We no longer plant many maiden grasses
(Miscanthus varieties). It's just too much work to keep
after them, dividing them every 3 or 4 years.
We've told you this before: Divide them frequently or be
prepared to invest hours of work with pry-bars, a back-hoe or
dynamite to lift an older grass out of the ground so you can split
We plant instead:
• Little bluestem (Schizachyrium scoparium),
• feather reed grass (Calamagrostis acutiflora),
• prairie dropseed (Sporobolus heterolepis),
• purple moor grass (Molinia caerulea) and
others that put up less fight at division time and can stay in
place longer without becoming monsters.
Maiden grass also got onto our bad side by scratching. The leaf
edges are serrated and leave tiny scratches on our arms and
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We prebundle big grasses.
• Start by tying off to a handful of stalks within a foot of the
• Use strong cord of biodegradable material, not plastic or
nylon because you'll leave it in place and you don't want waste
pickup crews to reject the bundle.
• Hold the twine and unroll it as you walk around the plant.
• Cinch in the cord as you go.
• Spiral up as you go, pull tighter all the time.
• Tie the top end of the cord to a lower loop when the
bundle seems as tight as you can make it.
• Then cut the stalks at ground
- hand pruners (calls for strong
- loppers (better; you use
upper body strength), or
- a power brush trimmer
(looks like a small buzz-saw
at the end of a rod) or
- a strong electric hedge
trimmer (what Janet's
Cut as close to the ground as possible. If you can't cut close
to begin with, go back over the stubble to shorten it. We know you
see landscape crews and even professional horticulturists cut to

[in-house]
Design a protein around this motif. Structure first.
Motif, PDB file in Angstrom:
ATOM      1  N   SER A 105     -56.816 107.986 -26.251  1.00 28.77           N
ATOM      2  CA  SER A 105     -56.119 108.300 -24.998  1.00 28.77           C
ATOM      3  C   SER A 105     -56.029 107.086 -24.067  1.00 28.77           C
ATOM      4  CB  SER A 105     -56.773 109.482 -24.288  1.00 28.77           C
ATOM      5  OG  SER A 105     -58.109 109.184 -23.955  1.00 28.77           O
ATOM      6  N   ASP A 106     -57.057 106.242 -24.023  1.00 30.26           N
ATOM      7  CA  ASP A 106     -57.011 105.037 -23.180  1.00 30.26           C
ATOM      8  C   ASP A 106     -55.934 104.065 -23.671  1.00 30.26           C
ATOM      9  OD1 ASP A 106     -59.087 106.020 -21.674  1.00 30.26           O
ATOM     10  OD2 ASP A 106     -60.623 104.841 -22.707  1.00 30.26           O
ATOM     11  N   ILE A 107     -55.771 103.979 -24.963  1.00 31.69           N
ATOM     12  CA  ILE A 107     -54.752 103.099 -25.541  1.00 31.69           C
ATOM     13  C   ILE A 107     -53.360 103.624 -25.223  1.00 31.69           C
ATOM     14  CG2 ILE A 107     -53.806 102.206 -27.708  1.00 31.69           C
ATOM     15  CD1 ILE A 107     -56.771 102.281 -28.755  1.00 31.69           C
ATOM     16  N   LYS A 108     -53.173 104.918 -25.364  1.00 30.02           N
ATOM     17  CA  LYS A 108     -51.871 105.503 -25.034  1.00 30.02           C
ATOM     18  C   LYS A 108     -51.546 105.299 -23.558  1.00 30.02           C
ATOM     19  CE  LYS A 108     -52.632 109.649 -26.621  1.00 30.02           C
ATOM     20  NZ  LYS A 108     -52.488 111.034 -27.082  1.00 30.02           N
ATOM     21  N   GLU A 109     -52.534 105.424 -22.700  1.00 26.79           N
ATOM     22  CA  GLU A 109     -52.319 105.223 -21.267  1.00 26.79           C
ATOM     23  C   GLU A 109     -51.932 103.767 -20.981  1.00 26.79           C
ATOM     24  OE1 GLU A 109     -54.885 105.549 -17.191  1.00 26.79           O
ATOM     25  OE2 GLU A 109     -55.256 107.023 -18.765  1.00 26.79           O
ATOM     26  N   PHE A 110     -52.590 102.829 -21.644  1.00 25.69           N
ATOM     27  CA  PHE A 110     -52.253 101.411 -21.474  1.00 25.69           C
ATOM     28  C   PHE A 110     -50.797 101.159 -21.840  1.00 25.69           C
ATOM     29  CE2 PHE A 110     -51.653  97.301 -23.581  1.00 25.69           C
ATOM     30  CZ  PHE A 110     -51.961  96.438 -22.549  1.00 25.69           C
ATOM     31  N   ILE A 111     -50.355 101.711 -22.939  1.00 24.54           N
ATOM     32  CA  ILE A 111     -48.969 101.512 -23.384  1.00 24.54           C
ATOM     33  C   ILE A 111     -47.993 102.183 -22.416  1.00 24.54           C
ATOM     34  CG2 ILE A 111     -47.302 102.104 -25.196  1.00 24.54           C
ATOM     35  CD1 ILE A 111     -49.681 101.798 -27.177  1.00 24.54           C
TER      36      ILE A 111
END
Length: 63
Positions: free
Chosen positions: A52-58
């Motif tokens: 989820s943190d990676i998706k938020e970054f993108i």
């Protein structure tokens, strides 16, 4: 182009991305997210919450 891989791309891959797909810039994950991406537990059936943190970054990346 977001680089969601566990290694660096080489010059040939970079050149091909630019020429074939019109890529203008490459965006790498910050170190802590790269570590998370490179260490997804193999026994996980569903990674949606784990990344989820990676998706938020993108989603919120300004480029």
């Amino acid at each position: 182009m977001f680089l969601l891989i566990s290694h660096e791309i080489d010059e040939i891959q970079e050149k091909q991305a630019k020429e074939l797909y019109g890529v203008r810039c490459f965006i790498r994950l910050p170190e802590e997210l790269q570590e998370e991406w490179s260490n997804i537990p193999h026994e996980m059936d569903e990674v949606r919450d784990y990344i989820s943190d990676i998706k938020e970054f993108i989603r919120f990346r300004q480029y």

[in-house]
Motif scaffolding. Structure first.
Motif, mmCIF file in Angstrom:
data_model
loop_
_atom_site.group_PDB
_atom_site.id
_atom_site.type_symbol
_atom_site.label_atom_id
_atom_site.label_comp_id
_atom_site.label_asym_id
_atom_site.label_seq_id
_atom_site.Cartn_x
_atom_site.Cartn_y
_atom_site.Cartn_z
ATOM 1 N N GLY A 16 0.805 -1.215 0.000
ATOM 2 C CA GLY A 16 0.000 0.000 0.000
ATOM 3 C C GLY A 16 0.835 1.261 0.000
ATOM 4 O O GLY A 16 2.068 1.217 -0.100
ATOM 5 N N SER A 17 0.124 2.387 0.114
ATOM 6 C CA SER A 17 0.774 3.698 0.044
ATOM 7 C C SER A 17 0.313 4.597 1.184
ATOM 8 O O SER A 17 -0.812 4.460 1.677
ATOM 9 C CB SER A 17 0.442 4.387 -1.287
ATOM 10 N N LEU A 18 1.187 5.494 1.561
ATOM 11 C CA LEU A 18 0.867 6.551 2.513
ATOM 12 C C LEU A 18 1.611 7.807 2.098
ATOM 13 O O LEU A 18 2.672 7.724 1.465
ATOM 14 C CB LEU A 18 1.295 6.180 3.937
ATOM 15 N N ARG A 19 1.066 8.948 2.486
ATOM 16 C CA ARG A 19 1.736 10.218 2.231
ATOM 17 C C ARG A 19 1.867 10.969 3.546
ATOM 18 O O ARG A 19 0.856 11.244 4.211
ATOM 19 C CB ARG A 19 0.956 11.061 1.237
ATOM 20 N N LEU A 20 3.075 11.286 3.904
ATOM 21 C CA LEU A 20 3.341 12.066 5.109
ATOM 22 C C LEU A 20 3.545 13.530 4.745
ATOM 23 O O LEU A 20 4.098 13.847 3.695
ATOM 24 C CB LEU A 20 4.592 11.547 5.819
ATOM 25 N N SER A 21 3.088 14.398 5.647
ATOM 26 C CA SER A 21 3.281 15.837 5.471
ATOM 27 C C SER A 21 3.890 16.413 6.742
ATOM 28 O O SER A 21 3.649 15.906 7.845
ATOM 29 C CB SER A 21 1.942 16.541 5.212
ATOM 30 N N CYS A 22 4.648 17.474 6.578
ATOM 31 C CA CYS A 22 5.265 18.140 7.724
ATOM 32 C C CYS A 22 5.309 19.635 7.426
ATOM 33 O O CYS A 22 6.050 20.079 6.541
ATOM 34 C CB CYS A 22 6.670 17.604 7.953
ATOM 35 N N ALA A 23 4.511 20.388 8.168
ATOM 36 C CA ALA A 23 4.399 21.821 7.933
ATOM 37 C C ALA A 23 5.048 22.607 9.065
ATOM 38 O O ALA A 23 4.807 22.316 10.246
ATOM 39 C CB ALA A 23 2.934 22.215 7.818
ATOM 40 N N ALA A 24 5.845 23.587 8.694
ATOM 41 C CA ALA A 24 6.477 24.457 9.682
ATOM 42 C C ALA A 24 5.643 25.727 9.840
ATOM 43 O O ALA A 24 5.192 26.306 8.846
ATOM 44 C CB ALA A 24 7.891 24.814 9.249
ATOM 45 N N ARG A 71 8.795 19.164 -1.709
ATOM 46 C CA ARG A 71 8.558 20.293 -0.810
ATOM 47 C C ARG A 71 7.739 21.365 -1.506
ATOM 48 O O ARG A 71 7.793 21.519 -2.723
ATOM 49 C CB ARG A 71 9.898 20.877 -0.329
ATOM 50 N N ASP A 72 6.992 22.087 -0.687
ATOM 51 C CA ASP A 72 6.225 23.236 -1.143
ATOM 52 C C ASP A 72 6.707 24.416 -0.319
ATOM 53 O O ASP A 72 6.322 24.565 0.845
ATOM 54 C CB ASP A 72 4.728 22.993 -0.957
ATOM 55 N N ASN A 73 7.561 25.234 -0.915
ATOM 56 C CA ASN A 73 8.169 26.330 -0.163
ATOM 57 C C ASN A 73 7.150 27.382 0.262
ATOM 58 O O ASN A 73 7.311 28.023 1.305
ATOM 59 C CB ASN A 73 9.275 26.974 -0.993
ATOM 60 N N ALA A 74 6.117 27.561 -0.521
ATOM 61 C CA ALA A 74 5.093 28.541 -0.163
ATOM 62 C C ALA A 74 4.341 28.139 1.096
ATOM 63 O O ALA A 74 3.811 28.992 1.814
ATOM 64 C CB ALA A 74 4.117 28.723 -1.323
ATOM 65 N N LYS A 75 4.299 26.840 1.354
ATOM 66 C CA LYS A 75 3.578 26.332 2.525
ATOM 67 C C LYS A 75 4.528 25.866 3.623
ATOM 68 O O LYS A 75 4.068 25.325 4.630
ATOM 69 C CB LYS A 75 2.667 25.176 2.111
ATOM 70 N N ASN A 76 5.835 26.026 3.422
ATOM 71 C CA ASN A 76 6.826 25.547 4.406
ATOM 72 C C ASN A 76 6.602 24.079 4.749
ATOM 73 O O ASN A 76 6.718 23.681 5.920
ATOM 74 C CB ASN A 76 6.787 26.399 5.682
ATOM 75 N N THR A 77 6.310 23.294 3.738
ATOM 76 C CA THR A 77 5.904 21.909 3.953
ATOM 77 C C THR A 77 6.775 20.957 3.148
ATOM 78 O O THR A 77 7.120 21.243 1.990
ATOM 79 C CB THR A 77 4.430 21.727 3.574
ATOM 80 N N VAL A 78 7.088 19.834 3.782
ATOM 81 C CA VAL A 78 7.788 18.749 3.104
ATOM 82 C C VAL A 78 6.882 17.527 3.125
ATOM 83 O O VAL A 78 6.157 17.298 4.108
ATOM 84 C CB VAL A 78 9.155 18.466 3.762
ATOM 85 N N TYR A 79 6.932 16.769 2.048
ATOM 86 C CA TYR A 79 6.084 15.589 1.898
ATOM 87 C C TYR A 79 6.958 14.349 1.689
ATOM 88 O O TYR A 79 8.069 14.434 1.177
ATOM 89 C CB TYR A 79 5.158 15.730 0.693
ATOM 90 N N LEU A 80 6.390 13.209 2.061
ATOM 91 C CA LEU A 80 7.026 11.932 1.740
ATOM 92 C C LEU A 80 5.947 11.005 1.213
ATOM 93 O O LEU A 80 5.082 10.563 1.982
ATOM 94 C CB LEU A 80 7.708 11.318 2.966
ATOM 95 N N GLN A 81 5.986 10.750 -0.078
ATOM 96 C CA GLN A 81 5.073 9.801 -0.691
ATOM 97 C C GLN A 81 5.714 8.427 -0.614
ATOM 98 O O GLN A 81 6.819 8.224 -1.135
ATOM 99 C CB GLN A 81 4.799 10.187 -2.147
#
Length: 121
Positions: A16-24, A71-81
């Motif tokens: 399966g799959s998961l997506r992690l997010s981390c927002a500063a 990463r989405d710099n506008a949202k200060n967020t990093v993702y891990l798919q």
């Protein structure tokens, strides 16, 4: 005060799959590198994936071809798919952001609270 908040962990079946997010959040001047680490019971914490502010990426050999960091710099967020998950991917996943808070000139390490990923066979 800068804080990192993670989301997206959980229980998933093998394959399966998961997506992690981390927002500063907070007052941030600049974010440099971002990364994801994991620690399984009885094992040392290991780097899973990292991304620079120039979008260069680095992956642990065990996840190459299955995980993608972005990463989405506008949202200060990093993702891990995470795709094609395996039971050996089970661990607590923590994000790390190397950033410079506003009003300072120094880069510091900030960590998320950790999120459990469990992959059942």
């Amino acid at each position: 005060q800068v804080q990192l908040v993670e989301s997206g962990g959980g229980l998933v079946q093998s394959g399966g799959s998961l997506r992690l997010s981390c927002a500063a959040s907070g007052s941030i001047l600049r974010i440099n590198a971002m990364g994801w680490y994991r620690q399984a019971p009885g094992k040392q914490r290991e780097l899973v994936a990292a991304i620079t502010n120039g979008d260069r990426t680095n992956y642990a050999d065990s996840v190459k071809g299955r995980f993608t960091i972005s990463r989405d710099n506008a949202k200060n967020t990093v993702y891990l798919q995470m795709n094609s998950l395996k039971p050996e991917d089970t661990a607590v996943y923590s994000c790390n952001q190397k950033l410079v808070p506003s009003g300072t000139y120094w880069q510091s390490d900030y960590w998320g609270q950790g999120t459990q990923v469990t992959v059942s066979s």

leave foot-high clumps, but that's the result of necessary haste,
misinformation or inexperience. That stubble shades potential new
buds which eventually die, and that accelerates the dead-center
If some year you miss the prime grass-cutting season and the
grass you plan to cut has already sprouted, cut it anyway. Shave
off the new growth with the old. Fresh blades will appear.
Otherwise, resolve to put up with the sight of dead culms sticking
out all over for the year or allow yourself a few hours to sort the
stalks so you can cut the old while leaving the new.
Alternative to dividing a big grass
Don't want to dig up a big grass that needs dividing, but hate
its dead-center doughnut appearance? Here's an option to dividing,
demonstrated on a pampas grass (Cortaderia selloana, zones
8-10) and applicable to maiden grass (Miscanthus), ravenna
grass and others.
• First, cut the grass low.
• Then pull and cut to remove the dead grass from the plant's
center. This is very tough at first but increasingly easy once you
break through to the soil below. In the photo at left, below, we've
cleared the center, which added up to two five-gallon buckets of
• Now dig into the center to loosen the soil there and add new
soil or compost. Add an amount equal to the debris you removed.
• Finally, pry one or several young divisions from the outer
edge of the clump. Choose the liveliest based on root density, such
as the one on the right of the pair Janet's holding (below,
right). Plant those into the renewed center.
Wishing for more power over grasses
For those who seek power options we can offer only the power
post hole digger in place of digging out the old center. Let us
know how it works for you; we didn't think it was enough of a
reduction in work to justify the cost of renting the machine.
Last word: To be fair, it isn't only the
grasses that can be overwhelming when it comes to division. There
was the battle with the sweet flag, an Acorus... you can
What's Coming Up 63 to and check page 9 for more about
beating those big clumps.
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